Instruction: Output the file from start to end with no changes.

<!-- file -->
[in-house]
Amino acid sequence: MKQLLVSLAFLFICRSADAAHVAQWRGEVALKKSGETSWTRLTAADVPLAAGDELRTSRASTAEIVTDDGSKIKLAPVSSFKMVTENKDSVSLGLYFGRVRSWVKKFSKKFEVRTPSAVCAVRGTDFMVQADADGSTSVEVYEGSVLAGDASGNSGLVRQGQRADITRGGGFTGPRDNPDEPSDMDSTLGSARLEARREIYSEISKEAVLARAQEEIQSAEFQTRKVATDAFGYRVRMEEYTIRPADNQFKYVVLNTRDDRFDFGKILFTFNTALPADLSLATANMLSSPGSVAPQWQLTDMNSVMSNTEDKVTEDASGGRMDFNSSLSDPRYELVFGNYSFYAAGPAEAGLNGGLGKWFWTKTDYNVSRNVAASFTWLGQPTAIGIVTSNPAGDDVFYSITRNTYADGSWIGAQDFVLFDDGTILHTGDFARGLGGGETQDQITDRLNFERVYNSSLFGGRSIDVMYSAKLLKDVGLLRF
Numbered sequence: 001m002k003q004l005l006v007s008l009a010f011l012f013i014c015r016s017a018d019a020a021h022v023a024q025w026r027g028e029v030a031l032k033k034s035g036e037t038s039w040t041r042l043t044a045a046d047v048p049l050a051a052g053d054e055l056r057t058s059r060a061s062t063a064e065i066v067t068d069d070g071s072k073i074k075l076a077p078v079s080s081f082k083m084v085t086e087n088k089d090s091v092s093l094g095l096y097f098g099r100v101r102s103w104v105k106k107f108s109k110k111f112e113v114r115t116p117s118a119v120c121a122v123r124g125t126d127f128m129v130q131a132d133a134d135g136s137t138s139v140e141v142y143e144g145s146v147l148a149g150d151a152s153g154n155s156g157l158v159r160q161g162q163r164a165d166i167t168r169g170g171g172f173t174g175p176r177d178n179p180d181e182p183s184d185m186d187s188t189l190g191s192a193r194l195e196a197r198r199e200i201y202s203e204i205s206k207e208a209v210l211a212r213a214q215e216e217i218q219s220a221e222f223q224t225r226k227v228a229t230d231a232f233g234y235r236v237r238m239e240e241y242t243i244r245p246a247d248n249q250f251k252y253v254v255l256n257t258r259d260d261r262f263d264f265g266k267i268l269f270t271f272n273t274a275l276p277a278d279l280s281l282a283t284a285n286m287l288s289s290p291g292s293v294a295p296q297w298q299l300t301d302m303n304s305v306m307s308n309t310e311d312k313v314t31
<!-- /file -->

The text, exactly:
[in-house]
Amino acid sequence: MKQLLVSLAFLFICRSADAAHVAQWRGEVALKKSGETSWTRLTAADVPLAAGDELRTSRASTAEIVTDDGSKIKLAPVSSFKMVTENKDSVSLGLYFGRVRSWVKKFSKKFEVRTPSAVCAVRGTDFMVQADADGSTSVEVYEGSVLAGDASGNSGLVRQGQRADITRGGGFTGPRDNPDEPSDMDSTLGSARLEARREIYSEISKEAVLARAQEEIQSAEFQTRKVATDAFGYRVRMEEYTIRPADNQFKYVVLNTRDDRFDFGKILFTFNTALPADLSLATANMLSSPGSVAPQWQLTDMNSVMSNTEDKVTEDASGGRMDFNSSLSDPRYELVFGNYSFYAAGPAEAGLNGGLGKWFWTKTDYNVSRNVAASFTWLGQPTAIGIVTSNPAGDDVFYSITRNTYADGSWIGAQDFVLFDDGTILHTGDFARGLGGGETQDQITDRLNFERVYNSSLFGGRSIDVMYSAKLLKDVGLLRF
Numbered sequence: 001m002k003q004l005l006v007s008l009a010f011l012f013i014c015r016s017a018d019a020a021h022v023a024q025w026r027g028e029v030a031l032k033k034s035g036e037t038s039w040t041r042l043t044a045a046d047v048p049l050a051a052g053d054e055l056r057t058s059r060a061s062t063a064e065i066v067t068d069d070g071s072k073i074k075l076a077p078v079s080s081f082k083m084v085t086e087n088k089d090s091v092s093l094g095l096y097f098g099r100v101r102s103w104v105k106k107f108s109k110k111f112e113v114r115t116p117s118a119v120c121a122v123r124g125t126d127f128m129v130q131a132d133a134d135g136s137t138s139v140e141v142y143e144g145s146v147l148a149g150d151a152s153g154n155s156g157l158v159r160q161g162q163r164a165d166i167t168r169g170g171g172f173t174g175p176r177d178n179p180d181e182p183s184d185m186d187s188t189l190g191s192a193r194l195e196a197r198r199e200i201y202s203e204i205s206k207e208a209v210l211a212r213a214q215e216e217i218q219s220a221e222f223q224t225r226k227v228a229t230d231a232f233g234y235r236v237r238m239e240e241y242t243i244r245p246a247d248n249q250f251k252y253v254v255l256n257t258r259d260d261r262f263d264f265g266k267i268l269f270t271f272n273t274a275l276p277a278d279l280s281l282a283t284a285n286m287l288s289s290p291g292s293v294a295p296q297w298q299l300t301d302m303n304s305v306m307s308n309t310e311d312k313v314t31